There was a story in the Boston Globe this morning about an experiment with "parkets": parking spots along a street converted into tiny parks. Surprise news in the story: no one is using this unexpected urban amenity.
Take a look at this picture and see if you might be able to figure out why no one would come and sit down here:
Who in the world is supposed to ever sit here? Even assuming the location makes some kind of sense, the space looks completely uninviting, and the seats positively hazardous. Two people can't possibly sit together without rolling off in opposite directions. Designers keep getting too clever with things like this.
Assuming there actually is a demand for a small area along the road to have a sit and meet some neighbors (not necessarily true), I'd say the first change would be to provide comfortable seating that looks inviting. Then make sure a food truck is stationed next to this every day, so it gets a lot of use.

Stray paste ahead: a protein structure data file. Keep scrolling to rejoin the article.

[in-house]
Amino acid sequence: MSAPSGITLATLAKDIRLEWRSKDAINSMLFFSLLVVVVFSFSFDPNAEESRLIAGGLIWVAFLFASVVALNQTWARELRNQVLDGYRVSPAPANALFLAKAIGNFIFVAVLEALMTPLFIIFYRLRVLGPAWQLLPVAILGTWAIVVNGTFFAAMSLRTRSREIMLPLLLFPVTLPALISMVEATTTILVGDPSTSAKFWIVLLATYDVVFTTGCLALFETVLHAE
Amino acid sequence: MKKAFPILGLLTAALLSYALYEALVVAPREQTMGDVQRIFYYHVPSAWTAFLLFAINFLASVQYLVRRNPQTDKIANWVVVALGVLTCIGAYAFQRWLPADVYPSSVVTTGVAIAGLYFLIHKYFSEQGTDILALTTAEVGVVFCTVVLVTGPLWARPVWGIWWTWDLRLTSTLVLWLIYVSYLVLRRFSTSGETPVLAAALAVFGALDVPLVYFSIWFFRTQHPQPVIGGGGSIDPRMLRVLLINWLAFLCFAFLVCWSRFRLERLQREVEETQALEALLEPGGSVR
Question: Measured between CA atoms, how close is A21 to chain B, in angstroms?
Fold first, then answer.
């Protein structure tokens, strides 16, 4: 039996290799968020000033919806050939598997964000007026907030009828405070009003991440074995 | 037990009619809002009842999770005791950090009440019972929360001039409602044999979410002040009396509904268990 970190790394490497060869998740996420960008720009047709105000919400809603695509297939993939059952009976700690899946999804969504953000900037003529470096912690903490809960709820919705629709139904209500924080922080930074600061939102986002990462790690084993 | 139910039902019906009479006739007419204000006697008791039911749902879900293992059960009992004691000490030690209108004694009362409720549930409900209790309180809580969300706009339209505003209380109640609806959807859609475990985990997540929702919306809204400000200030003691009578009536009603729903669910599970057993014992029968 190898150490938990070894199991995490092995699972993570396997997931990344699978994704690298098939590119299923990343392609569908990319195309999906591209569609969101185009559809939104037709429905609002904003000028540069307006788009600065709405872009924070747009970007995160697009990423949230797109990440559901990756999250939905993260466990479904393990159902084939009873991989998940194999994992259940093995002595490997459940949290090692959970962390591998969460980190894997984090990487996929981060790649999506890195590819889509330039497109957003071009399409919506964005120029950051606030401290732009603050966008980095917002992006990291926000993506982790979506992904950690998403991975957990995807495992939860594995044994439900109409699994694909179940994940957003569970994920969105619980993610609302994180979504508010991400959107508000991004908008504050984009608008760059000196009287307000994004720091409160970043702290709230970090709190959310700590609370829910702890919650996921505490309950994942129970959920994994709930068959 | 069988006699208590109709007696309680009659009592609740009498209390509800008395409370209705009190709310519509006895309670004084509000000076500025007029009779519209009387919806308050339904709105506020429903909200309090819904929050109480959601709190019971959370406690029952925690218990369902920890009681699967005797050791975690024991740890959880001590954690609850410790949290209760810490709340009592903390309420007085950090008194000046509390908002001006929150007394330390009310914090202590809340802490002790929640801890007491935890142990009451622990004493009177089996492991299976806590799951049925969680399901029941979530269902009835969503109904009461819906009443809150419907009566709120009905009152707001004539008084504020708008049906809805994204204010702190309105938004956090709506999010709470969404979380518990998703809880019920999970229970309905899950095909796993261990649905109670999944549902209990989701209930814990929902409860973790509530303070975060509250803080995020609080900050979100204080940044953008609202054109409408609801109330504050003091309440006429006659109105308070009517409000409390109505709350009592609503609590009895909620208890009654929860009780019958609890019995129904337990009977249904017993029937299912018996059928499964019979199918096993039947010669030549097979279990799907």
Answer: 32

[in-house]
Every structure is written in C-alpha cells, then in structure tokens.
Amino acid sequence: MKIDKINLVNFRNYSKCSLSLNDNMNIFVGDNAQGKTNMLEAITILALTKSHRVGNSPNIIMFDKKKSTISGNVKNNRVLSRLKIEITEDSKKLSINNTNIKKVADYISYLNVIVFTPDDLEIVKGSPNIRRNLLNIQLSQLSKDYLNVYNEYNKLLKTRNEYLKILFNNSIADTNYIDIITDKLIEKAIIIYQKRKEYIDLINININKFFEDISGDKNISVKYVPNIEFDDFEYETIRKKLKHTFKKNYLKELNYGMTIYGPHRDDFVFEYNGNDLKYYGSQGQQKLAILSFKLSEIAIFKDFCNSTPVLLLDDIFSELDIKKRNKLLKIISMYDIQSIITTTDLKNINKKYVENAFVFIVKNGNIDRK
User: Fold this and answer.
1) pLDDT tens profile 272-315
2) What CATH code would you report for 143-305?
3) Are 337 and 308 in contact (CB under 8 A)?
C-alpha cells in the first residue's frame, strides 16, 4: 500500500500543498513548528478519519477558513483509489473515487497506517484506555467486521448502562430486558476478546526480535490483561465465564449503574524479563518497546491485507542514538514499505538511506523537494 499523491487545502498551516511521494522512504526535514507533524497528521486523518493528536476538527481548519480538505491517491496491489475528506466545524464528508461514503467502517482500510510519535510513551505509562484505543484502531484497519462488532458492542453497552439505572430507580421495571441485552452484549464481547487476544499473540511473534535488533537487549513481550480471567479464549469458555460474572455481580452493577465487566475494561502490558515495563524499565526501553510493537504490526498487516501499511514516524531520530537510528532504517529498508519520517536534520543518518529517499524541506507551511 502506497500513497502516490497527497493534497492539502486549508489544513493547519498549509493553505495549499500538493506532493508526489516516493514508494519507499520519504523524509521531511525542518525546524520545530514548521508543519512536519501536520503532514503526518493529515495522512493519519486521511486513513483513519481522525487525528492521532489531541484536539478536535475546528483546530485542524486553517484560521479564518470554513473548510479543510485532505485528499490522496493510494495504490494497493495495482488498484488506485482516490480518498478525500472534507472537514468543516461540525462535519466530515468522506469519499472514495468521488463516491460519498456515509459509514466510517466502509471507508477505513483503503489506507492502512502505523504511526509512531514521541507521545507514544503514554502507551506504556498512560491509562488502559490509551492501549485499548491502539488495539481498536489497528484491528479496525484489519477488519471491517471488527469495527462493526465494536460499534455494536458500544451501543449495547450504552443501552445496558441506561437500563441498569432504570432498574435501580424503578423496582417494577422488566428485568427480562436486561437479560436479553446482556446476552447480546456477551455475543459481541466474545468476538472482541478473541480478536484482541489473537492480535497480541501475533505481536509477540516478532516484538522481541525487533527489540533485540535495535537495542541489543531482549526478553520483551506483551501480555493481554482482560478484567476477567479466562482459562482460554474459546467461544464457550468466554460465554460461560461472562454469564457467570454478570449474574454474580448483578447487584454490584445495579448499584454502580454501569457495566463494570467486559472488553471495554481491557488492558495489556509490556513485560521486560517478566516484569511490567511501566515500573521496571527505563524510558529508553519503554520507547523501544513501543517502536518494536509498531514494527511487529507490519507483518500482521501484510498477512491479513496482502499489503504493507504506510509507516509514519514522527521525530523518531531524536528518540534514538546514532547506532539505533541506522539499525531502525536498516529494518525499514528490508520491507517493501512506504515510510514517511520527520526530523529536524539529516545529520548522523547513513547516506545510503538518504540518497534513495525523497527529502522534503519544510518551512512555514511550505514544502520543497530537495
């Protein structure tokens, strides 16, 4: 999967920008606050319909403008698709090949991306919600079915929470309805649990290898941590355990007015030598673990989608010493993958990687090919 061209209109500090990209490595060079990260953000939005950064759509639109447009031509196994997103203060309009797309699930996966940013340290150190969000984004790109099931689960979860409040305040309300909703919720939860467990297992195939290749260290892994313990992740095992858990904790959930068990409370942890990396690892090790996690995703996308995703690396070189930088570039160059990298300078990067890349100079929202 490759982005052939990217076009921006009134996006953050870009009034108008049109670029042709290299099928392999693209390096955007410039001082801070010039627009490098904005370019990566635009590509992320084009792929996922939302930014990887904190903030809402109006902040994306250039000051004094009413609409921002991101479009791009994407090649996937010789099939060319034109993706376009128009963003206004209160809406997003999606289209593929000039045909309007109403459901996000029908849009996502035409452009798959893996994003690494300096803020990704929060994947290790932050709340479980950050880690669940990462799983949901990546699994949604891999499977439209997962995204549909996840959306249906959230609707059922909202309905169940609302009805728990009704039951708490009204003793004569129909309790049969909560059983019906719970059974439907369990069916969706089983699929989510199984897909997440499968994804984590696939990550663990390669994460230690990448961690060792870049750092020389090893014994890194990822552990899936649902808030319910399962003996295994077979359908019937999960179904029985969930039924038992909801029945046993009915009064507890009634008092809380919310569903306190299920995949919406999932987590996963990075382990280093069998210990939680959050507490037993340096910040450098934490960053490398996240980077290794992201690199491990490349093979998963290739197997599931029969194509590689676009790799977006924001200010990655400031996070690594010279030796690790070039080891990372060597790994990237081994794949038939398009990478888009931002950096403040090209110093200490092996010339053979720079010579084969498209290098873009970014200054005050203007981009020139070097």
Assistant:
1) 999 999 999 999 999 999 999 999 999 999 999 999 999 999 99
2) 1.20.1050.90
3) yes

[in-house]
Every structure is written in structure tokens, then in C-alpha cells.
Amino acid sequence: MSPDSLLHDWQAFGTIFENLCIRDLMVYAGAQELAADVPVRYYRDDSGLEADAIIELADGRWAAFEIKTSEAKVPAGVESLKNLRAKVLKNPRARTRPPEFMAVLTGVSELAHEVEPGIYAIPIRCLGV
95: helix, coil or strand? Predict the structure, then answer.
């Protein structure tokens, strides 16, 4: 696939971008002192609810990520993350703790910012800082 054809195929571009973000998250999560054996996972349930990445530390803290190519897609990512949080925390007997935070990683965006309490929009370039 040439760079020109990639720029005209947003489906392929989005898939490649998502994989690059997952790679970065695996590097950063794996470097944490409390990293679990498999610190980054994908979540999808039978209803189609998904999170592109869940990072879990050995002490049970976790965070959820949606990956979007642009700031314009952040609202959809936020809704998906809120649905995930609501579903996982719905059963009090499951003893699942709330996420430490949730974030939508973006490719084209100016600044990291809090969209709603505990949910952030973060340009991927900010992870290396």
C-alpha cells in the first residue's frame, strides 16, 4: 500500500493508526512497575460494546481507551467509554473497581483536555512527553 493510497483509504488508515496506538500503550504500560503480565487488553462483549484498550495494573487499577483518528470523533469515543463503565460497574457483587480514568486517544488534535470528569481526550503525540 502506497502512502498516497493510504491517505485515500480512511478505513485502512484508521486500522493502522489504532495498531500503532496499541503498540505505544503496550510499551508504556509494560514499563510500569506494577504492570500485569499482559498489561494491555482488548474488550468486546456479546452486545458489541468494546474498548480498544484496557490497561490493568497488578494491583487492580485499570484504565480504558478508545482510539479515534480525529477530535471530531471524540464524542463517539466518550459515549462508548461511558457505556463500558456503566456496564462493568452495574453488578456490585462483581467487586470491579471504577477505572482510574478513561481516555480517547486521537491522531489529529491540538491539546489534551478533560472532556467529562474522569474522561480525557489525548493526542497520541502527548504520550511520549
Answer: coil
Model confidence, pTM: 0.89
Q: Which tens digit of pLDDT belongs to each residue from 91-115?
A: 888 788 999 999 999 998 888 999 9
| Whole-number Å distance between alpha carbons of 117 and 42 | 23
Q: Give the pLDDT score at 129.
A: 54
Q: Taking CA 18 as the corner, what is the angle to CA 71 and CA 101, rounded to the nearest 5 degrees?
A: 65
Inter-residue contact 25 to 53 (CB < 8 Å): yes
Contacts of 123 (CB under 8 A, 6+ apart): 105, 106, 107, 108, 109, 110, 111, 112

All of us who live in cities want to make them fun and inviting. But cities evolve best by watching what people already do voluntarily, and making it more comfortable to do that. Community meetings aren't as useful as might seem, because people always claim they like to do things they think they would be better people for doing, and then never actually do, no matter what the streetscape. "I want to talk about community affairs with neighbors of ethnic groups different than my own in a convenient location along a major thoroughfare". Well, maybe.
If these areas of town are anything like Cambridge, turning these spots into bike parking lots would have the biggest positive effect. The bike parking situation is murder!
It's good that the Globe covered this not-so-exciting story, though, because it's at this level that life is really lived. The best way to improve is to see what actually works and what doesn't.